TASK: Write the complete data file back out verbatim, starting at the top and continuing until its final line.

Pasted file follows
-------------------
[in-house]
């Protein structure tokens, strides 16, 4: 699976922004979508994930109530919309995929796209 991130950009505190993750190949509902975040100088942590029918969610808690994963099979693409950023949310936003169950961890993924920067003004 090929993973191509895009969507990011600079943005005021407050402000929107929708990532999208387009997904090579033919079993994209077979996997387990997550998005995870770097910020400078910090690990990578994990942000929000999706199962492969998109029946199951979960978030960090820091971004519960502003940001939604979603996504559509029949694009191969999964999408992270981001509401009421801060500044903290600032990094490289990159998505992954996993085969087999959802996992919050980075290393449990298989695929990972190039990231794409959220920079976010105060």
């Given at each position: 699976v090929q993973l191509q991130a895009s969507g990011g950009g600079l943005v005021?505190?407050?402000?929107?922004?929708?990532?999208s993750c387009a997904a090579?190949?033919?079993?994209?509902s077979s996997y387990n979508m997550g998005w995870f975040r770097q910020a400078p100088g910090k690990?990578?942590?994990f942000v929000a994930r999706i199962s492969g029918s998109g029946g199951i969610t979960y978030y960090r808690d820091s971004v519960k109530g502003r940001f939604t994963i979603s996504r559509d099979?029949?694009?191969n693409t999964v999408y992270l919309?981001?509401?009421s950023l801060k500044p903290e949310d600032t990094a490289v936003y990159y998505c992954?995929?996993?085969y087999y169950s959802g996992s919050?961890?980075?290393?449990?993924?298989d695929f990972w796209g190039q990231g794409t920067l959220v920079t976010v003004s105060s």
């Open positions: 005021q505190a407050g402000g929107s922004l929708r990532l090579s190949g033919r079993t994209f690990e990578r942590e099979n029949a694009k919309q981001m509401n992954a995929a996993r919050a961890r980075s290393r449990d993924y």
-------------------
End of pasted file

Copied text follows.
[in-house]
């Protein structure tokens, strides 16, 4: 699976922004979508994930109530919309995929796209 991130950009505190993750190949509902975040100088942590029918969610808690994963099979693409950023949310936003169950961890993924920067003004 090929993973191509895009969507990011600079943005005021407050402000929107929708990532999208387009997904090579033919079993994209077979996997387990997550998005995870770097910020400078910090690990990578994990942000929000999706199962492969998109029946199951979960978030960090820091971004519960502003940001939604979603996504559509029949694009191969999964999408992270981001509401009421801060500044903290600032990094490289990159998505992954996993085969087999959802996992919050980075290393449990298989695929990972190039990231794409959220920079976010105060």
């Given at each position: 699976v090929q993973l191509q991130a895009s969507g990011g950009g600079l943005v005021?505190?407050?402000?929107?922004?929708?990532?999208s993750c387009a997904a090579?190949?033919?079993?994209?509902s077979s996997y387990n979508m997550g998005w995870f975040r770097q910020a400078p100088g910090k690990?990578?942590?994990f942000v929000a994930r999706i199962s492969g029918s998109g029946g199951i969610t979960y978030y960090r808690d820091s971004v519960k109530g502003r940001f939604t994963i979603s996504r559509d099979?029949?694009?191969n693409t999964v999408y992270l919309?981001?509401?009421s950023l801060k500044p903290e949310d600032t990094a490289v936003y990159y998505c992954?995929?996993?085969y087999y169950s959802g996992s919050?961890?980075?290393?449990?993924?298989d695929f990972w796209g190039q990231g794409t920067l959220v920079t976010v003004s105060s």
């Open positions: 005021q505190a407050g402000g929107s922004l929708r990532l090579s190949g033919r079993t994209f690990e990578r942590e099979n029949a694009k919309q981001m509401n992954a995929a996993r919050a961890r980075s290393r449990d993924y």